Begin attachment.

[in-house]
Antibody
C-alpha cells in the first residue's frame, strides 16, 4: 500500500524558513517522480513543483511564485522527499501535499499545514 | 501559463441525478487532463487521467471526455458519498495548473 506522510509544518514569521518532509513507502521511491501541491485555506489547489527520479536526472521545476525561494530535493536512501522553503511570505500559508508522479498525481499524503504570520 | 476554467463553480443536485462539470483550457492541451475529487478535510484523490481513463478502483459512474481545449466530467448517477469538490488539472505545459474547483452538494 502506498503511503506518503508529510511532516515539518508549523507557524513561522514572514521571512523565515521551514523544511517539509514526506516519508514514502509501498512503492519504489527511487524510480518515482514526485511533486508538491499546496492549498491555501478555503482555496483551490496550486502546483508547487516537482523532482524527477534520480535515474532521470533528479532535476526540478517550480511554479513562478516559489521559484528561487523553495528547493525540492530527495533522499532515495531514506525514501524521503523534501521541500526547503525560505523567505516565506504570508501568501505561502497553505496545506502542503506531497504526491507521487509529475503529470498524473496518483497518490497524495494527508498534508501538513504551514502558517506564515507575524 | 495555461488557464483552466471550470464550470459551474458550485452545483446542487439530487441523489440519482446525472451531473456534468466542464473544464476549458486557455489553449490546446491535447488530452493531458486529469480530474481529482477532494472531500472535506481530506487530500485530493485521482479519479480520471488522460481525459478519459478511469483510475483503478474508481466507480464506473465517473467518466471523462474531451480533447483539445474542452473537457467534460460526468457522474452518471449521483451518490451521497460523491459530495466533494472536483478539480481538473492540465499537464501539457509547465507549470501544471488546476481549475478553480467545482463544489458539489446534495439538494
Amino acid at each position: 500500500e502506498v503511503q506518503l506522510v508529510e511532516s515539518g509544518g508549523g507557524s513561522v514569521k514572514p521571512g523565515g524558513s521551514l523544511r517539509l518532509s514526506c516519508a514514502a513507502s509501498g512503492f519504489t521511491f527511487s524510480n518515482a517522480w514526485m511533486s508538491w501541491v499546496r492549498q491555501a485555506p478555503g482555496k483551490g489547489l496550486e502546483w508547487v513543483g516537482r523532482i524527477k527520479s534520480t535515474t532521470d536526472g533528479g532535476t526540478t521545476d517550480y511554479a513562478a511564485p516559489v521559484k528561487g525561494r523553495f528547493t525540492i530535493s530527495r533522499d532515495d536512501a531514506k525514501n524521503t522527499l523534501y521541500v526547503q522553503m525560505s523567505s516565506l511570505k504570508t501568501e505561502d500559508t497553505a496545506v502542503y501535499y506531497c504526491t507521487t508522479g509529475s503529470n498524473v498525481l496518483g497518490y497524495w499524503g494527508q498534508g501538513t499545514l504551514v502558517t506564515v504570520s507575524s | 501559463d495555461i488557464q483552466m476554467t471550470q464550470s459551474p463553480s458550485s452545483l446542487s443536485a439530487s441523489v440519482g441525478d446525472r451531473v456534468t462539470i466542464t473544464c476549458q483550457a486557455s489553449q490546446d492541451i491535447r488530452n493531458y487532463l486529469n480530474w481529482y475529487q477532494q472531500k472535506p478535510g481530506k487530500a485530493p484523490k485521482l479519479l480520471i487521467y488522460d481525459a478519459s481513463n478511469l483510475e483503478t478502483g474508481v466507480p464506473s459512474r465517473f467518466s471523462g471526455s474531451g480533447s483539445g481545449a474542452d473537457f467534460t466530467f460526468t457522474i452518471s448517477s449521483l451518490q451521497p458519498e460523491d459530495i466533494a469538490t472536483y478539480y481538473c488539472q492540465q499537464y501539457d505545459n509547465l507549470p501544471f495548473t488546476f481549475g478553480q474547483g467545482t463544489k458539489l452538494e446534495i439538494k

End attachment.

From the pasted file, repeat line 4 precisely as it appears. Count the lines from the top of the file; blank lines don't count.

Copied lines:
Amino acid at each position: 500500500e502506498v503511503q506518503l506522510v508529510e511532516s515539518g509544518g508549523g507557524s513561522v514569521k514572514p521571512g523565515g524558513s521551514l523544511r517539509l518532509s514526506c516519508a514514502a513507502s509501498g512503492f519504489t521511491f527511487s524510480n518515482a517522480w514526485m511533486s508538491w501541491v499546496r492549498q491555501a485555506p478555503g482555496k483551490g489547489l496550486e502546483w508547487v513543483g516537482r523532482i524527477k527520479s534520480t535515474t532521470d536526472g533528479g532535476t526540478t521545476d517550480y511554479a513562478a511564485p516559489v521559484k528561487g525561494r523553495f528547493t525540492i530535493s530527495r533522499d532515495d536512501a531514506k525514501n524521503t522527499l523534501y521541500v526547503q522553503m525560505s523567505s516565506l511570505k504570508t501568501e505561502d500559508t497553505a496545506v502542503y501535499y506531497c504526491t507521487t508522479g509529475s503529470n498524473v498525481l496518483g497518490y497524495w499524503g494527508q498534508g501538513t499545514l504551514v502558517t506564515v504570520s507575524s | 501559463d495555461i488557464q483552466m476554467t471550470q464550470s459551474p463553480s458550485s452545483l446542487s443536485a439530487s441523489v440519482g441525478d446525472r451531473v456534468t462539470i466542464t473544464c476549458q483550457a486557455s489553449q490546446d492541451i491535447r488530452n493531458y487532463l486529469n480530474w481529482y475529487q477532494q472531500k472535506p478535510g481530506k487530500a485530493p484523490k485521482l479519479l480520471i487521467y488522460d481525459a478519459s481513463n478511469l483510475e483503478t478502483g474508481v466507480p464506473s459512474r465517473f467518466s471523462g471526455s474531451g480533447s483539445g481545449a474542452d473537457f467534460t466530467f460526468t457522474i452518471s448517477s449521483l451518490q451521497p458519498e460523491d459530495i466533494a469538490t472536483y478539480y481538473c488539472q492540465q499537464y501539457d505545459n509547465l507549470p501544471f495548473t488546476f481549475g478553480q474547483g467545482t463544489k458539489l452538494e446534495i439538494k